– by B. T. Newberg
In a recent guest post at The Friendly Atheist, Marcus Mann posed a question:
“I have to ask to what degree correctness crowds out other values important to me, particularly that part of me that strives to be kind… atheists need to be wary of valuing correctness over the much more important values of kindness, sobriety, and pluralism.”
In that spirit, I want to ask: Which is more essential to you, truth or compassion?
By truth I mean factual accuracy, fidelity to reality, or tracking what’s objectively “out there.” I realize there are other kinds of truth, such as poetic truth, but today let’s stick to factuality. By compassion I mean non-suffering, non-harm, or the promotion of well-being for others and yourself.
Most of the time these two enjoy happy agreement, but occasionally they may conflict. In those cases, which takes priority?
Precedents in Paganism
The priority of truth in Paganism has precedent. For example, the myth of matriarchal prehistory, though important to many and no doubt painful to give up, has largely been discarded. So have many of the more fantastical notions about our past, thanks in no small part to the work of Reconstructionists. Many polytheists today value accuracy of historical fact over fanciful invention, no matter how warm and fuzzy it may make one feel. They draw a line (rightly, in my opinion) at the reality of the gods beyond which they will fight for their views vociferously.
The priority of compassion also enjoys precedent. The principle of non-harm, encapsulated in the popular counsel “Harm none, do as you will”, puts the wellbeing of others on center stage, alongside the freedom to pursue one’s path regardless of what others may think. Buddhism is also well-known for making compassion, alongside wisdom, one of its highest values.
Are truth and compassion ever really in conflict?
It might be argued that the two never actually conflict. Truth will always lead you to do the compassionate thing, and vice versa. I don’t agree, personally. That might be characteristic of wisdom, but not of truth in the sense of factual accuracy. We can imagine scenarios where they conflict, and a moral decision must be made.
Scenarios of conflict
Some situations are fairly clearcut. When grandma leads the family in a dinner prayer to a God you don’t think exists, compassion would probably tell you not to take that particular moment to “enlighten” her. On the other hand, when politicians propose a bill based on beloved-but-incorrect beliefs, it’s clearly time to stand up for the truth.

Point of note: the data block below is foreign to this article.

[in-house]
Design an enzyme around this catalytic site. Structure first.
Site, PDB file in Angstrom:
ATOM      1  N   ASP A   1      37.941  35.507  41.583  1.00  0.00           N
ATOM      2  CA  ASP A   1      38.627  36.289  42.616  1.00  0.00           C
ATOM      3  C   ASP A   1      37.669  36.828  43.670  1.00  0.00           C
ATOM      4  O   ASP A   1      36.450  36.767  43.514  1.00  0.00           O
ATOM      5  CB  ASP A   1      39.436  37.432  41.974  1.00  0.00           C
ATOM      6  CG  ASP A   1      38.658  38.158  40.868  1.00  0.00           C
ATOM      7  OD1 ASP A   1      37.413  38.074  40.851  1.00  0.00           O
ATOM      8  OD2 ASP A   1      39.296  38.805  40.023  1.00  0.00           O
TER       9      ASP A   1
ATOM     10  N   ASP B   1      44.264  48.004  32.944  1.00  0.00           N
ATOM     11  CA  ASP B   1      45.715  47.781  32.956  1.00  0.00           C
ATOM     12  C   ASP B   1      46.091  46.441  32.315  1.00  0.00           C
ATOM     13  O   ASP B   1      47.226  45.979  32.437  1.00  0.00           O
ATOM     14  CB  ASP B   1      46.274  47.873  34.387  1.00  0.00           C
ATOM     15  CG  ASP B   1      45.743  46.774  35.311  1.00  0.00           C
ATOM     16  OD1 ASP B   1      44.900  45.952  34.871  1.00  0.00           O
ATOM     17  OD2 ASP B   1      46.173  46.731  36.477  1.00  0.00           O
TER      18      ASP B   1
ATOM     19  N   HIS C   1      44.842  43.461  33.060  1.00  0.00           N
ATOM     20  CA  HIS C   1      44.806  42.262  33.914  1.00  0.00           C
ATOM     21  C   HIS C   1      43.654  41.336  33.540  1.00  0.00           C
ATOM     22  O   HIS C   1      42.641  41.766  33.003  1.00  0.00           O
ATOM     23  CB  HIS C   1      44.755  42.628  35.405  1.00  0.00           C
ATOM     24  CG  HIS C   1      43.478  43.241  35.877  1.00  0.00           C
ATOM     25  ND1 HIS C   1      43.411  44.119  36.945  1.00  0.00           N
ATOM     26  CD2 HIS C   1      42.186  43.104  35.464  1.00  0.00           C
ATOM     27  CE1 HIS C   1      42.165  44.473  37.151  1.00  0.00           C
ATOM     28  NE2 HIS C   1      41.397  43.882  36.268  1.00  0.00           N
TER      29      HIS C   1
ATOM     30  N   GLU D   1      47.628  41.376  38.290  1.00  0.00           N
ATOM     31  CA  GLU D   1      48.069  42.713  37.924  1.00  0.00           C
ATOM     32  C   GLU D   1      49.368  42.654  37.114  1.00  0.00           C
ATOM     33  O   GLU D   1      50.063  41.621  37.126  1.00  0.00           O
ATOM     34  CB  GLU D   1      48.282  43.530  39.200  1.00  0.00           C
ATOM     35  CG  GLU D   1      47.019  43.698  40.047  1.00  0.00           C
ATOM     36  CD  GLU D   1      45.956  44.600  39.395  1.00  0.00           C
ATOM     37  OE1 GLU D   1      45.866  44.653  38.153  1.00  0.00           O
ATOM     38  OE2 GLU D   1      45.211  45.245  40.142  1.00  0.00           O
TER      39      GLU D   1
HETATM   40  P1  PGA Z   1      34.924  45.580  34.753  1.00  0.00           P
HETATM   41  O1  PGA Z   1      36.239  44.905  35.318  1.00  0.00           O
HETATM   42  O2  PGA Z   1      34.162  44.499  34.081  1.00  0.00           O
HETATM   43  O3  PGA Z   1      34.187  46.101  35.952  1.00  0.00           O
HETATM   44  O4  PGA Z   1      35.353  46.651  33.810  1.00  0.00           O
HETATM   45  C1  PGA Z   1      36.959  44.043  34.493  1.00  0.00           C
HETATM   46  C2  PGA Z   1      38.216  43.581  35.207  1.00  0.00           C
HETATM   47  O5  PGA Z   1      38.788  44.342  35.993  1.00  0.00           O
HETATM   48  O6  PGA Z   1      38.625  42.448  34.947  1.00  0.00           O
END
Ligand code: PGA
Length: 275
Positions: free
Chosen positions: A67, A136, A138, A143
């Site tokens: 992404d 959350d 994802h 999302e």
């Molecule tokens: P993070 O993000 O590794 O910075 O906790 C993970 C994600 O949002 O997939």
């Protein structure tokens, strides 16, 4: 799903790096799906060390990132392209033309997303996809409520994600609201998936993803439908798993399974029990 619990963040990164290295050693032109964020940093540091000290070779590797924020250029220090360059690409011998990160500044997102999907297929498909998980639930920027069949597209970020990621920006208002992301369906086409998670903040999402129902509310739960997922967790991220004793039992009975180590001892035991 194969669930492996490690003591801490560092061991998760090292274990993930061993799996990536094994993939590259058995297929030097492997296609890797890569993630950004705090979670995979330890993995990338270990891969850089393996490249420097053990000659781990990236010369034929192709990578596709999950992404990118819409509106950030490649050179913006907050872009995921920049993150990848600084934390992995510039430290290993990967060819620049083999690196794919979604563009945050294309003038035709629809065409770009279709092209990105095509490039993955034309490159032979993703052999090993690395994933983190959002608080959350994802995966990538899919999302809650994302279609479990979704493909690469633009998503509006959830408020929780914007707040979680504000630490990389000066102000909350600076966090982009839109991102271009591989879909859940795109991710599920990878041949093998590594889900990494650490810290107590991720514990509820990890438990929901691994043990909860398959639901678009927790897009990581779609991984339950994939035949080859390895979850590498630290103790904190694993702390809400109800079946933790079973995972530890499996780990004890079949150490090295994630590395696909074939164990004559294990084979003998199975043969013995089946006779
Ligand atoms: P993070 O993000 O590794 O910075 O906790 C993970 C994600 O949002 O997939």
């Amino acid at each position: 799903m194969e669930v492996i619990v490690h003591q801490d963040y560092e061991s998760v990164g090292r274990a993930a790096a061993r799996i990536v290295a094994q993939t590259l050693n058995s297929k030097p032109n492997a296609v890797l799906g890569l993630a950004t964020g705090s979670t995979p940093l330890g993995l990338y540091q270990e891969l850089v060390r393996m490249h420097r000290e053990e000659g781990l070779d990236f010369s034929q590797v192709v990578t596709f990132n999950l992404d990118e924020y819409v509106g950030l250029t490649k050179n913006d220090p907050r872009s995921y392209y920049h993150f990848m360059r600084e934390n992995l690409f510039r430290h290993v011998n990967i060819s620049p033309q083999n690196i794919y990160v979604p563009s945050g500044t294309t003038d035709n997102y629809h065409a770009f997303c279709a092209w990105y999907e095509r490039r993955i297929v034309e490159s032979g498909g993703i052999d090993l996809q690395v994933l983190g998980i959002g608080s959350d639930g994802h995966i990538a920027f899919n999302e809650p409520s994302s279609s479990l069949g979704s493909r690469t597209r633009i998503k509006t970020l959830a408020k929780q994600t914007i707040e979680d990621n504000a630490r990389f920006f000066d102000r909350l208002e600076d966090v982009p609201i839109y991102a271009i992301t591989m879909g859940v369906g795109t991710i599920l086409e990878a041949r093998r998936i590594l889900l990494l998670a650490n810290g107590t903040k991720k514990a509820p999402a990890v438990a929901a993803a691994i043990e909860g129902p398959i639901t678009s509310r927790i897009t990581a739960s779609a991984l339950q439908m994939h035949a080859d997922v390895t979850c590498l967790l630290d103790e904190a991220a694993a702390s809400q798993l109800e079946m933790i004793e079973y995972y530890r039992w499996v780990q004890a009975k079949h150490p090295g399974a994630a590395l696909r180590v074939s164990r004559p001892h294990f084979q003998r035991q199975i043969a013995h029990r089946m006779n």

But what about those situations when it’s not so straightforward? What if, for example, you positively glow with love derived from your spirituality, but the beliefs you spread in the process sow disinformation in an already-confused society? To take another example, what if society could successfully expunge erroneous beliefs about reality, but only at the price of never again feeling as intimately connected to the world and each other?
Where to draw the line?
Some communities have a do-not-cross line. As mentioned above, some polytheists have chosen to make questioning the existence of their deities such a boundary.
Having a do-not-cross line may sound bellicose, but it can be liberating. Everything beyond it can be taken in stride, and you can feel at ease working alongside a wide diversity of other people without wondering if you’re compromising your principles. Likewise, others can feel comfortable working with you if they know exactly where you stand.
One might decide on a do-not-cross line, before which compassion takes priority but after which truth must be defended. The exact point at which to draw that line might be somewhat arbitrary, but it would at least make it clear, to others as well as yourself.
Thus far, the discussion has been rather abstract. But ethics, in practice, is always embedded in concrete situations. Priorities may vary depending on the specific context. Appealing to situational ethics is probably more realistic, though it makes things a lot more complicated.
What kind of situation would cause you to prioritize truth? What would call for compassion as top priority?
Finally, where do you draw the line between the two?
(Feel free to leave your thoughts in the comments)
What do Druid Naturalists do? by WhiteHorse
Appearing Sunday, May 26th, 2013